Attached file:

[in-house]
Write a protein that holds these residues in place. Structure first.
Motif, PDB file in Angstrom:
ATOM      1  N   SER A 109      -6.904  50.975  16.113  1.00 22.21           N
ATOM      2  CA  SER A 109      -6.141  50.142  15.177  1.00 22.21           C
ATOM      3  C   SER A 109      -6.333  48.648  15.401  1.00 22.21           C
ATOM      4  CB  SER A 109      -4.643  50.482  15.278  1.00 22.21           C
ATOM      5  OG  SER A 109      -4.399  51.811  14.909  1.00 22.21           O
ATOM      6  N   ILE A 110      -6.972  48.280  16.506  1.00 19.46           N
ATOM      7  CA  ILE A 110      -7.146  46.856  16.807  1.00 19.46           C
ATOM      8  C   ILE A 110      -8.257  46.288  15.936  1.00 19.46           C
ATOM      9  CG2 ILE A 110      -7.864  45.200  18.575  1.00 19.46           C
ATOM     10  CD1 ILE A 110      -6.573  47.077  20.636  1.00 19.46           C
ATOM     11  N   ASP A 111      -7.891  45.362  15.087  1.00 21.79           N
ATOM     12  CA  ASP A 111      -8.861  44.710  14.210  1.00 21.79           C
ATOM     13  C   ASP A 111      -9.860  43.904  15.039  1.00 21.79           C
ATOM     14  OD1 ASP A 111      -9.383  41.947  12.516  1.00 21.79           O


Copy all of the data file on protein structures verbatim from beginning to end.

[in-house]
Write a protein that holds these residues in place. Structure first.
Motif, PDB file in Angstrom:
ATOM      1  N   SER A 109      -6.904  50.975  16.113  1.00 22.21           N
ATOM      2  CA  SER A 109      -6.141  50.142  15.177  1.00 22.21           C
ATOM      3  C   SER A 109      -6.333  48.648  15.401  1.00 22.21           C
ATOM      4  CB  SER A 109      -4.643  50.482  15.278  1.00 22.21           C
ATOM      5  OG  SER A 109      -4.399  51.811  14.909  1.00 22.21           O
ATOM      6  N   ILE A 110      -6.972  48.280  16.506  1.00 19.46           N
ATOM      7  CA  ILE A 110      -7.146  46.856  16.807  1.00 19.46           C
ATOM      8  C   ILE A 110      -8.257  46.288  15.936  1.00 19.46           C
ATOM      9  CG2 ILE A 110      -7.864  45.200  18.575  1.00 19.46           C
ATOM     10  CD1 ILE A 110      -6.573  47.077  20.636  1.00 19.46           C
ATOM     11  N   ASP A 111      -7.891  45.362  15.087  1.00 21.79           N
ATOM     12  CA  ASP A 111      -8.861  44.710  14.210  1.00 21.79           C
ATOM     13  C   ASP A 111      -9.860  43.904  15.039  1.00 21.79           C
ATOM     14  OD1 ASP A 111      -9.383  41.947  12.516  1.00 21.79           O